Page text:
Frank Nataros began ranching in Canada and acquired a succession of ranches running north to south from Alberta, Canada to La Paz, Baja California Mexico. He enjoyed all the challenges of ranching in three countries. He enjoyed the outdoor life so much that his parents despaired of him finishing his formal education, he surprised them at age 23 however with a doctorate of Optometry from University of Chicago and a new wife at the same time, Frank fell head over heels in love with a beautiful nursing student, Ann, the moment he met her and convinced her to marry him only a week later. Their whirlwind romance gave them a head start on 65 years of wedded bliss. They raised their four children to appreciate the great outdoors as much as he did and taught them all respect for the land and animals.
Arizona is well known in history for being home to the most peaceful and settled native Americans, like the Pima and also to some of the most blood thirsty and savage tribes in all America, like the Apache. Amid all the Apache raids, when Geronimo was at his height of reign, in 1880 one of the largest ranches in the desert SW was founded. It was named Willow Springs Ranch after a spring there surrounded by willows where animals, riders and stage coach drivers would stop to water. The ranch quickly became one of the more prominent ranches in the southwest. There also was a post office and stagecoach stop on the ranch, at Manleyville, a small town.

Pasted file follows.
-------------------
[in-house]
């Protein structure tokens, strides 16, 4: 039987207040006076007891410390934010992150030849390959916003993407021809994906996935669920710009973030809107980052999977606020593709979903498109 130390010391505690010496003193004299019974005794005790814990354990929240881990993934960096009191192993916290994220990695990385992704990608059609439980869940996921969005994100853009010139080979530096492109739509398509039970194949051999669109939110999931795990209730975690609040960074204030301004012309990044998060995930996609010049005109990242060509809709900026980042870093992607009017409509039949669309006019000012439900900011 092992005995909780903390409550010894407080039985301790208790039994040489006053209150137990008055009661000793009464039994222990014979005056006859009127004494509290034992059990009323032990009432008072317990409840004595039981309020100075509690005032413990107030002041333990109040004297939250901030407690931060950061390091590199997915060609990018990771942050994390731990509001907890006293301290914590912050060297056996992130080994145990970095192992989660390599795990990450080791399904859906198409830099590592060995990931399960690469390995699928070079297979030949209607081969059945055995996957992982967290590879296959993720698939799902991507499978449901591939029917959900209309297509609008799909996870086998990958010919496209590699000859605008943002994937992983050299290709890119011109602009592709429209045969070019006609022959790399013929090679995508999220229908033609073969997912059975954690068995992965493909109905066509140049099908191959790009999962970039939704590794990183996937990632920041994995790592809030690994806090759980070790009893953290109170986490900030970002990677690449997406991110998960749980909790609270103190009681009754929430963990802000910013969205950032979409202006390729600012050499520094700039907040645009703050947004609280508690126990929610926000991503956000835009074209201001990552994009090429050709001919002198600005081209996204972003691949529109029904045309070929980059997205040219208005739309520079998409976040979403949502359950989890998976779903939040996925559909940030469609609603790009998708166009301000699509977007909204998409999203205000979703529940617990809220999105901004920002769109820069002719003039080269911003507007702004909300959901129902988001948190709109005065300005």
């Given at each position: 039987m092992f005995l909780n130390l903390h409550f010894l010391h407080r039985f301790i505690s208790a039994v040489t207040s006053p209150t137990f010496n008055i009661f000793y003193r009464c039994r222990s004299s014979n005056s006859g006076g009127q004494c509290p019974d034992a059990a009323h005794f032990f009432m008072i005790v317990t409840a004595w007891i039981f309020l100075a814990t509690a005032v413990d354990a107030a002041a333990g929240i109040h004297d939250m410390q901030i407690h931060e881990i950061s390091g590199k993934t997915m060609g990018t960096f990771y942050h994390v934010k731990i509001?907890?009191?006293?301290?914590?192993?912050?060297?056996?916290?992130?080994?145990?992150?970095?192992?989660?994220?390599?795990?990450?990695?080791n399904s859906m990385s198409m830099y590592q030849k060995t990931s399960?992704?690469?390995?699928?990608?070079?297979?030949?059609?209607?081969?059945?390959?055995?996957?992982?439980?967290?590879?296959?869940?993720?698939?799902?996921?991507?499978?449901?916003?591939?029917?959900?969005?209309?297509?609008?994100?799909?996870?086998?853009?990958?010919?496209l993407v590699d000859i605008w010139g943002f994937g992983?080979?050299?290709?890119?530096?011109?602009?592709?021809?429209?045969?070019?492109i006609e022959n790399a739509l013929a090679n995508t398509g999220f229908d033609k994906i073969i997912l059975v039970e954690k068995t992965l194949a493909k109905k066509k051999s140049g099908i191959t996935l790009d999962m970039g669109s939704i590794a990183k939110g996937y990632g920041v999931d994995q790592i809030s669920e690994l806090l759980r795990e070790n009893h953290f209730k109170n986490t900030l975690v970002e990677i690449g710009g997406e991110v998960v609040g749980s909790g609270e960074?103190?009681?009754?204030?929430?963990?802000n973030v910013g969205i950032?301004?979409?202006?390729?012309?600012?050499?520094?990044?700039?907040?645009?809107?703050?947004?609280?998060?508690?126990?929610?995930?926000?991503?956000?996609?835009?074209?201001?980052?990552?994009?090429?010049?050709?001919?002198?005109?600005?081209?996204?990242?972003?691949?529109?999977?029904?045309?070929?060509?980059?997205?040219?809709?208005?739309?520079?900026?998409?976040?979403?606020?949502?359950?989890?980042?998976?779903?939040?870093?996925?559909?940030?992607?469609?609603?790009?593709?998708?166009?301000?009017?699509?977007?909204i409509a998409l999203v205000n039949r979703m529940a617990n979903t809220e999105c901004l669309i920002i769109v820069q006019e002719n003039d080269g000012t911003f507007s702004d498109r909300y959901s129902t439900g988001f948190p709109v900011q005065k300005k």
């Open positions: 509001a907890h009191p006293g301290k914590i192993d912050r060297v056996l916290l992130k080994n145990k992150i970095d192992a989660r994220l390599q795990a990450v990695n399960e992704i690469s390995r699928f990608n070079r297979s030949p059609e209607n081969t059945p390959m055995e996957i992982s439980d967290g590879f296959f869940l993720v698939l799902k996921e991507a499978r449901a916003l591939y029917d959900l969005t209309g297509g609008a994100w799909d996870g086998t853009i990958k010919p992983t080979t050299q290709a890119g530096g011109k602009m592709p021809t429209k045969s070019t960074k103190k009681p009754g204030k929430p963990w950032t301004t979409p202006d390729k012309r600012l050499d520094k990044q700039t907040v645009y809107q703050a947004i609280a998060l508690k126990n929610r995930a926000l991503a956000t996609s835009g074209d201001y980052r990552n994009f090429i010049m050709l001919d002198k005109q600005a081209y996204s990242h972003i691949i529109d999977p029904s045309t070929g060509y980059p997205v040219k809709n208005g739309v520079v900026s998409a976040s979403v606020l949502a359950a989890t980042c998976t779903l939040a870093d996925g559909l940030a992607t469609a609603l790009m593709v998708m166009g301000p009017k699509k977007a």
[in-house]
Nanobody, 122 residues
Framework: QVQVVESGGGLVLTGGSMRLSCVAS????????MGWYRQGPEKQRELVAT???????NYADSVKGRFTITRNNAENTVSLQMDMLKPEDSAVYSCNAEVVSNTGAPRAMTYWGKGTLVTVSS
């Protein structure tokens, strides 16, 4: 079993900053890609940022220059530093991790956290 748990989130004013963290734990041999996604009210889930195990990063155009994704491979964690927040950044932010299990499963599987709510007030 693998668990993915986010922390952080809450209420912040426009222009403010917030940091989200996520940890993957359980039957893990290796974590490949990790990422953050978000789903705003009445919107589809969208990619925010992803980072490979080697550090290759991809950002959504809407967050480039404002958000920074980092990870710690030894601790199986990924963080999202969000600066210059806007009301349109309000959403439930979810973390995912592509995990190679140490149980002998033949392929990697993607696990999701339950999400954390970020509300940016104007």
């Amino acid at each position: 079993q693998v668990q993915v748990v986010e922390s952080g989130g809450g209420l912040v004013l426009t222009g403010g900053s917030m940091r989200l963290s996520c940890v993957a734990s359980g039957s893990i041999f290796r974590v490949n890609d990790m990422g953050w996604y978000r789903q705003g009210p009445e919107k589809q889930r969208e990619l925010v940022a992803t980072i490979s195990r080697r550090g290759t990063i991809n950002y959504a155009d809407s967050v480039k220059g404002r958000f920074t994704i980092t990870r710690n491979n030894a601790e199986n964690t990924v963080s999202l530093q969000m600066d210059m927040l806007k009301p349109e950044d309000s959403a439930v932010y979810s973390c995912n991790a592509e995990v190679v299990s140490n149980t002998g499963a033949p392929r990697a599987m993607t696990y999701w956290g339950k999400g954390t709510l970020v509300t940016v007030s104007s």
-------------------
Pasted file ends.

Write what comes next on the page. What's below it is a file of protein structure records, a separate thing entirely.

The ranch houses were typical for the times. Territorial homes in the late 1700s through the early 1900's were a combination of Spanish and Anglo style homes. Built from the resources at hand, Saguaro ribs and mud, the flat roofed thick walled Adobe houses of the south western territory were a stylish and practical home to withstand the desert heat. The style of these homes was so appealing!
While there has been a focus on cattle ranching, all of the ranch's owners have improved the ranch while owning it. In 1945 it consisted of 100,000 acres of patented and leased land with a carrying capacity of 3,000 head of cattle and the 96 ranch of 50,000 acres and a carrying capacity of 2,000 head. The ranch has always also been known for its great cowboys. In the old days they would participate in the Tucson Rodeo along with their compares from other southern Arizona ranches. In the late 50s Willow Springs was known to have one of the largest cattle spreads in Southern Arizona. With over a 100,000 acres of deeded, state, and grazing land the ranch was easily running 1,500 head of quality Brangus beef cattle and bringing large numbers to auction annually. Topped by the palatial like main ranch home, Willow Springs became a well known name among ranchers and cowboys.
When Frank Nataros obtained the ranch in 1980 he soon wanted to improve the already successful ranch. Two years after acquiring the Willow Springs Ranch, Nataros purchased two neighboring ranches, the 3C and 96 Ranch which expanded the already large ranch to 200,000 acres.